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Ronnie Polaneczky: Crash shattered her health, city shattered her illusions

LAST MONTH, the city buried Police Sgt. Timothy Simpson, who was killed in a violent car wreck when an allegedly drug-addled driver plowed into his cruiser.

Officer Sharon Sullivan with husband Mike Quinn.
Officer Sharon Sullivan with husband Mike Quinn.Read moreALEJANDRO A. ALVAREZ / Staff photographer

LAST MONTH, the city buried Police Sgt. Timothy Simpson, who was killed in a violent car wreck when an allegedly drug-addled driver plowed into his cruiser.

The funeral service that followed was nearly identical to those for three other officers killed in 2008:

A massively attended viewing. A glorious Mass. A police-motorcade escort to the cemetery.

Our goodbye showed, again, how much we honor those who perish in the line of duty.

What we don't seem to be as good at, says Police Officer Sharon Sullivan, is helping those who trump their life-altering brushes with death.

"Sometimes, I think the city wishes I had died," says Sharon, whose car wreck five years ago was eerily similar to Simpson's, except that she survived her injuries. "Then they could just give me the big funeral and be done with me."

On Dec. 20, 2003, Sharon Sullivan was a 24-year-old rookie officer assigned to the Sixth District, in Center City.

The daughter of a cop, she'd graduated just four weeks earlier from the Police Academy and was paired with Officer Raymond Plymouth, a 14-year veteran.

They were in their cruiser on Delaware Avenue, on traffic detail for a fatal hit-and-run near Dave & Buster's, when a Ford Focus driven by a drunken menace barreled toward them.

Sharon remembers nothing of the crash. Her first memory is of staring at the ceiling tiles in the ICU at Thomas Jefferson University Hospital and wondering, "Where am I?"

Her injures were massive: A brain bleed. A concussion so severe, she was in a coma for three days. Broken back, ribs and left hip. A punctured lung. A torn ear, shattered teeth. But she was alive - a miracle in itself, says her husband, Mike Quinn.

"We were told she might not make it," says Mike, her boyfriend at the time. "It was touch-and-go for a while."

She spent six months recuperating and returned to work in July 2004, to a desk job. (Her injured partner, who was not interviewed for this column, also survived and returned to work.)

Still crippled by back and hip pain, she underwent physical therapy three times a week for 18 months. Then, without warning, she says, the city declared her recovered.

"I wasn't," she says. "There just wasn't anything more anyone could do for me."

Although by then she'd been on the force for two years, she'd had only one month of training with a veteran cop before her accident. And yet she was ordered to return to the streets, alone.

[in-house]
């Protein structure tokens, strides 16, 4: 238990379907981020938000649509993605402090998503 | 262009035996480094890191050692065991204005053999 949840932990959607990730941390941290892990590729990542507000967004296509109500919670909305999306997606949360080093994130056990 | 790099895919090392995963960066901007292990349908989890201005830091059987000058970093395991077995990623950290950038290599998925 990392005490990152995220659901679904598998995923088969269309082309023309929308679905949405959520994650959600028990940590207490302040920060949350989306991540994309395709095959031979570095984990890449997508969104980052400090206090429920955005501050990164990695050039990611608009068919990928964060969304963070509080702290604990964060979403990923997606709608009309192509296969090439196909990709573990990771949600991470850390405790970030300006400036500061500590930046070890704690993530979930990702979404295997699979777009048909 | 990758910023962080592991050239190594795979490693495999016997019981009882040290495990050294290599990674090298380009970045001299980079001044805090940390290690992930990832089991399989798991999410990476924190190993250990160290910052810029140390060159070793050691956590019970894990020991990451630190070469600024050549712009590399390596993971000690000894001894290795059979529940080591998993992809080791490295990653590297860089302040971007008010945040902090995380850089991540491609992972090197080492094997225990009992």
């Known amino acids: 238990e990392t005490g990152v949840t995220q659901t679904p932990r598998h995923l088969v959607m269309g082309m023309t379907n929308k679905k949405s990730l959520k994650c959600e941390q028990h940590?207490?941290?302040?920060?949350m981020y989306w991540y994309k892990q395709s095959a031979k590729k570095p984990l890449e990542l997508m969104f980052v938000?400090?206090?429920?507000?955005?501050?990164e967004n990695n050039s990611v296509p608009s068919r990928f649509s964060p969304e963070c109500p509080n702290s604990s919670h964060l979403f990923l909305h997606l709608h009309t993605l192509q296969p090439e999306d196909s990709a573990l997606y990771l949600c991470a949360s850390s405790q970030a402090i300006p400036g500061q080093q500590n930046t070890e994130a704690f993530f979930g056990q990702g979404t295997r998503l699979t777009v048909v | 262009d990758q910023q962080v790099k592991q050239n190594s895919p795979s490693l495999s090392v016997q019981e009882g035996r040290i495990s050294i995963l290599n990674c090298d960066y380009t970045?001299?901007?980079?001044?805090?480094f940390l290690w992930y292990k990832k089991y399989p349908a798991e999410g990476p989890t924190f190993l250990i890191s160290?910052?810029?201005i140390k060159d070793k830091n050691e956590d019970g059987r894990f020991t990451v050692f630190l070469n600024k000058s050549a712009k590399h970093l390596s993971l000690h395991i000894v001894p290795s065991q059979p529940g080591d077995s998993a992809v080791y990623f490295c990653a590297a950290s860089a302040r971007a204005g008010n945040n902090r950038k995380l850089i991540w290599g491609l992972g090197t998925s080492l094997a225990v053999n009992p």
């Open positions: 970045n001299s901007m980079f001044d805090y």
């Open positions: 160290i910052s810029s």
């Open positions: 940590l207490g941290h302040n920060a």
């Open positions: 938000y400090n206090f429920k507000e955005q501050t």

"I wasn't trained," she says. "I was in pain. I couldn't do what a cop is supposed to do. It didn't make any sense."

She soldiered on, she says, because she had no choice.

Finally, during parade duty on Thanksgiving 2006, she realized she could barely stand.

"My legs were shaking," she says. "I was at my wits' end."

This is where Sharon's story devolves into nonsense about how she fought the city, for months, for additional treatment that the Fraternal Order of Police discovered she was supposed to have gotten from the beginning.

"What they put her through is unconscionable," says FOP President John McNesby.

This year, Sharon's doctors concluded, after numerous therapies, that she is permanently disabled by her injuries. In August, the Civil Service Commission recommended that she be given a full disability, a benefit awarded by the city's Pension Board.

The city has appealed the commission's finding. And Sharon has been in limbo since.

"I think they just want me to go away," says Sharon, who receives workers' comp - half salary with no medical benefits - but could perform at a desk job like the one she had in 2004.

"I want to work," she says. "With a desk job, I could get up and move around every half-hour. But I've never been given that option. Instead, it's been five years of hell."

City risk manager Barry Scott says that it is routine for the city to proceed cautiously when it comes to awarding a full disability pension, a "very rich" benefit that grants a 70 percent salary.

"I think we're close to working something out with Officer Sullivan," he says. "We need to be sure the disabilities are the result of service-related injuries."

Sharon seethes when she hears that.

"I was fine before my accident," she says. "I was at the gym five days a week. I was a certified scuba diver. I ran at Eden Hall Park. I played softball. I was fit and strong. The accident took all of that from me."

What she has refused to let it take is motherhood. She and Mike are expecting their first child - a son - any moment now (she was due a week ago).

Pregnancy is tough on any woman. For Sharon, it's been an ordeal.

Just like the last five years.

E-mail or call 215-854-2217. For recent columns: Read Ronnie's blog at